In recent decades, Memorial Day has become known as the unofficial start of summer.
That’s how we practice it, but in doing so, we lose the true meaning and history of this holiday meant to honor those of our country who made the ultimate sacrifice for our freedoms.
Many communities started a memorial day to honor the dead of the War Between the States. Some cite the first memorial day, designated as Decoration Day, conducted in Kingston, Georgia, in late April 1865 for both Confederate and Union dead while the city was occupied by remnants of Sherman’s army. It remains as the longest continuous observation.
Others cite May 1, 1865, when liberated former slaves in Charleston, South Carolina, decorated the graves of Union soldiers who died as prisoners on Charleston’s famous racecourse, the site of Hampton Park today, as originating the holiday.
Many of the first claims of memorial observations were one-time events. The official birthplace of Memorial Day is Waterloo, New York which is credited as birthplace because it observed the day on May 5, 1866.
Gen. John A. Logan of the Grand Army of the Republic (GAR), the premier organization of Union veterans, issued his General Order No. 11 on May 5, 1868, creating Decoration Day.
General Logan, who served in the 31st Illinois, was impressed by the way the South honored their Confederate dead with a special day. Southern states observe Confederate Memorial Day from late April to early June with the Surrender of the Army of Tennessee (April 26), the death of Thomas “Stonewall” Jackson (May 10), and President Jefferson Davis birthday (June 3) as most common.
Logan established Decoration Day on May 30 as a time for the nation to decorate the graves of the war dead with flowers. The date was chosen because flowers would be in bloom all over the country and it is not the anniversary of a significant battle.
On May 30, 1868, Children from the Soldiers’ and Sailors’ Orphan Home and GAR members placed flowers on the graves of Union and Confederate soldiers at Arlington National Cemetery. Arlington was the pre-war home of Robert E. Lee and became a cemetery when the Union started burying dead on the property in retaliation for Lee following his state of Virginia out of the Union.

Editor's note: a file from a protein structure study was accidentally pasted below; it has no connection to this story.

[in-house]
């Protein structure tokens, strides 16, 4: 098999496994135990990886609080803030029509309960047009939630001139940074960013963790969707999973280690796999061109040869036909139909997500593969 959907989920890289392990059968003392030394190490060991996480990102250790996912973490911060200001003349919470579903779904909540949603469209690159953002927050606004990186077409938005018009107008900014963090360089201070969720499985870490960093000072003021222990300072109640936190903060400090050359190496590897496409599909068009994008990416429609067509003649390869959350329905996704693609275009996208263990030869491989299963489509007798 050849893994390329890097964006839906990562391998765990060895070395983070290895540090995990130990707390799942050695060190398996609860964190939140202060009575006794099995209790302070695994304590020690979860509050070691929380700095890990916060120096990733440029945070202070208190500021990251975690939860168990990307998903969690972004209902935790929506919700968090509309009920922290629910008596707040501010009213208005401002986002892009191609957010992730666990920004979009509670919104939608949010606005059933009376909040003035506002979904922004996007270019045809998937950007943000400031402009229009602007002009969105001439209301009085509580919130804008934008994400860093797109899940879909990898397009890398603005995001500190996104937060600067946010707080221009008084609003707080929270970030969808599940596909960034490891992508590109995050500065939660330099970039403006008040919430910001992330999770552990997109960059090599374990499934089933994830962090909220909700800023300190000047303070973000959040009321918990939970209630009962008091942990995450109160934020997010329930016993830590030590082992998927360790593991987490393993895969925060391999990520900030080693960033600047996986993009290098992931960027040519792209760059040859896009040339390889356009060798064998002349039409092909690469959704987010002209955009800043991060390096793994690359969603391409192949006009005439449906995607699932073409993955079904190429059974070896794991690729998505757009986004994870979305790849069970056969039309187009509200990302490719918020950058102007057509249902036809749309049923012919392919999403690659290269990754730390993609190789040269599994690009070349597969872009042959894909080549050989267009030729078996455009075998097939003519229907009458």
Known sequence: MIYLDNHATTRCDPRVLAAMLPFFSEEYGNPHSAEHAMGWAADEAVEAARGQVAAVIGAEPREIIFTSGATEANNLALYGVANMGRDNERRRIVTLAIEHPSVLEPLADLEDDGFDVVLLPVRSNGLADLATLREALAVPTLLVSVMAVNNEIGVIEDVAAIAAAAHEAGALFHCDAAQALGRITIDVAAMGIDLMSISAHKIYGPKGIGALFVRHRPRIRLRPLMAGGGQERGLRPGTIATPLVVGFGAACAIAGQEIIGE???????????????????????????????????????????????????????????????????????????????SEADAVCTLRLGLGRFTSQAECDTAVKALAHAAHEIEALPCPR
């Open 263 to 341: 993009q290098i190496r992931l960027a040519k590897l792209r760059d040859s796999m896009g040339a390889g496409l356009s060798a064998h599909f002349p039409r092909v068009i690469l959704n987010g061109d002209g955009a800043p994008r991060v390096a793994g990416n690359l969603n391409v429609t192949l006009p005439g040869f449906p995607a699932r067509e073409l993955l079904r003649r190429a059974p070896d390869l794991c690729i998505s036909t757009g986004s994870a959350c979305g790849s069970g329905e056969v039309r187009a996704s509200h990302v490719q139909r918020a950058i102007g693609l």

In 1873, surviving Lee family members sued the U.S. Government in hopes of gaining compensation for the seizure of Arlington. The United States Supreme Court ruled in their favor and ordered the government to pay $150,000 for the property.
The first state to officially recognize the holiday was New York in 1873. By 1890 it was recognized by all of the northern states, while many southern states refused to celebrate due to lingering hostility toward the Union.
After World War I, Decoration Day expanded to commemorate the more recent dead of the Spanish American and World War. Some southern states began to participate, but also retained a separate holiday for their Confederate dead.
In 1915, Moina Michael, inspired by the poem “In Flanders Fields,” came up with the idea to wear red poppies on Memorial Day. She sold poppies to her friends and co-workers giving the profits to servicemen in need. The tradition was carried to France by Madam Guerin who made artificial red poppies to raise money for war orphaned children and widowed women from World War I.
In 1921, Franco-American Children’s League sold poppies to raise funds for war orphans of France and Belgium. In 1922, the Veterans of Foreign Wars took over the cause and became the first veterans’ organization to sell poppies nationally.
In 1922, the Charleston papers reported the first time the “blue, grey, and khaki stood together to pay respects” demonstrating unity and the addition Spanish-American War and World War I to the services.
In 1954, Congress changed the name from Decoration Day to Memorial Day.
Memorial Day was moved by the National Holiday Act of 1968 to the last Monday of May starting in 1971 to give federal employees a three-day weekend. The same act also moved Washington’s Birthday and Veterans’ Day to Monday.
In 1997, taps was played at 3 p.m. on Memorial Day observed on many radio and television stations across the nation as Americans paused to remember the men and women who have lost their lives in service to our country.
In 2000, Congressional and presidential resolutions were signed to observe the new tradition leading to S. 3181, the “National Moment of Remembrance Act” was signed into law in December 2000 codifying the tradition.
Veterans’ Day was restored to November 11 in 1975 effective in 1978. There is a movement to restore Memorial Day every year to May 30. In March 1989 the first bill was introduced in the Senate by the late Sen. Daniel Inouye (Hawaii) which called for the restoration of the traditional day.
Every new Congress the bill and several companion bills are introduced to the House. Since Sen. Inouye’s passing Rep. Colleen Hanabusa (Hawaii) continues the push tradition. Several patriotic organizations and http://www.usmemorialday.org support the effort.